Linsley earning Packers' confidence, respect

Weston Hodkiewicz
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A difficult decision looms for the Green Bay Packers at center and Corey Linsley isn't making things any easier.

Green Bay Packers quarterback Aaron Rodgers (12) calls blocking signals behind center Corey Linsley (63) and T. J. Lang (70) against the Minnesota Vikings during Thursday night's game at Lambeau Field.

The fifth-round pick out of Ohio State has more than held his own in the five games starting in place of JC Tretter, who was placed on temporary injured reserve at the beginning of the season due to an impaction fracture he suffered during the preseason.

Tretter can be activated to the roster after the Packers travel to New Orleans in Week 8, but is eligible to start practicing again next week. After spending the entire offseason preparing for the starting role, it's not certain he'll return to it.

As Packers coach Mike McCarthy outlined Friday morning, Linsley has earned the confidence of the coaching staff. He hasn't been perfect, but exceeded rookie expectations at a critical position in the no-huddle offense.

"Mentally, he's very sharp, very detailed, played in a big-time program, so he had a lot of things going for him," McCarthy said. "And I will say this: If things keep going the way they're going, I think we'll look back on this start as probably one of the most impressive situations that a young player has stepped up and performed in my time here – and we've had a lot of guys step up."

Linsley's quick maturation actually has made the Packers deep at a position that originally faced some uncertainty following Evan Dietrich-Smith's departure for Tampa Bay in free agency.

The rookie has allowed six pressures this season, but was ranked by Pro Football Focus as the 10th-best center through the first five weeks. Meanwhile, Dietrich-Smith has been off to a slow start in 31st with one sack allowed, one hit and five pressures.

Linsley still has two games he'd like to have back - the 19-7 loss to Detroit and the 38-17 win over Chicago two weeks ago.

The one play Linsley prefers not to talk about happened in the third quarter against the Bears when his holding penalty negated a brilliant touchdown pass from Aaron Rodgers, who shed a rusher and heaved a circus 34-yard touchdown pass into Davante Adams' waiting arms.

"I try to not bring it up," Linsley joked in the locker room Friday. "Maybe it'll just go away. Everybody will forget about it."

Linsley made up for it, though. He leaned back on those memories during Thursday's 42-10 win over Minnesota when nose tackle Linval Joseph was charging through his grasp. He might have drawn another flag if he held held for another moment, but instead let go as Joseph fell harmlessly to the turf.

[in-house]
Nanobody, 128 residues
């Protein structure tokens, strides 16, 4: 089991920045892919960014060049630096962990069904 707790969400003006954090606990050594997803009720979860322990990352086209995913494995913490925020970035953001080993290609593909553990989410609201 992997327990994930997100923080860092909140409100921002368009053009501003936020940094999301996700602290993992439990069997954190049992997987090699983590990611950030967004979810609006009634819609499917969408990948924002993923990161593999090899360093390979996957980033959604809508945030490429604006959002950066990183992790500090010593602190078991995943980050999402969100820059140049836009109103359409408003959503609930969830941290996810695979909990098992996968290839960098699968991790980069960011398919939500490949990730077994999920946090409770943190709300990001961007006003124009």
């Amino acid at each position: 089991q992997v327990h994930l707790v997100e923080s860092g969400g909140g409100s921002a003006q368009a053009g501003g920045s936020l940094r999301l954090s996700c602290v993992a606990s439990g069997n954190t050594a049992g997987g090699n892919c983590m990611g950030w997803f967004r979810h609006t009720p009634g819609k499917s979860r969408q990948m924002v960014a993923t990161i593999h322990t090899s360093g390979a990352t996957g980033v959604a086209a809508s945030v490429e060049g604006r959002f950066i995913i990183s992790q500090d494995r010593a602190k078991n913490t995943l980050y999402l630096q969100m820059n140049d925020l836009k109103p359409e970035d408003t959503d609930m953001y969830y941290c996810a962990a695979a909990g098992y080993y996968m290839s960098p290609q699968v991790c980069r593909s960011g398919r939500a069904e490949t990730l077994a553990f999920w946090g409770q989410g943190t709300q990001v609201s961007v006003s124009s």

Less than a second later, Rodgers sailed a 66-yard touchdown to Jordy Nelson.

Linsley has started to develop chemistry with his quarterback, and neighboring guards Josh Sitton and T.J. Lang. Although Lang corrected him on one thing during walk-throughs Friday, he's gradually been assuming more responsibility.

"I think from a confidence standpoint in Corey, no one ever wavered because of what you were able to see him do every day in training camp," McCarthy said. "He's one of those guys as a rookie that came in here and you knew right away he belonged. First day of pads, it was like [snaps], 'Hey man, this guy, he's a powerful young man. So he fit right in. That's why I was never worried about him."

A two-year starter at Ohio State, Linsley says he's only focused on the task at hand. There's still three more games before the Packers have to make a decision.

His job is continue to earn Rodgers' respect. Coming into the league, Linsley always knew he belonged. It's just that his opportunity to show it came a little earlier than expected.

"It's not necessarily a surprise for me," Linsley said. "I knew what my talents were, I knew what my strengths were, and I didn't know if it was going to be good enough because I hadn't played in an NFL game. You just constantly prove to yourself that you can do it. It's not a matter of surprise, it's just proving it to yourself."

Tretter (6-4, 307), who missed all of his rookie season with a broken ankle, offers plenty of versatility. He was Cornell's starting left tackle for two years before moving inside with the Packers, who drafted him in the fourth round of the 2013 NFL draft. and follow him on Twitter @WesHod

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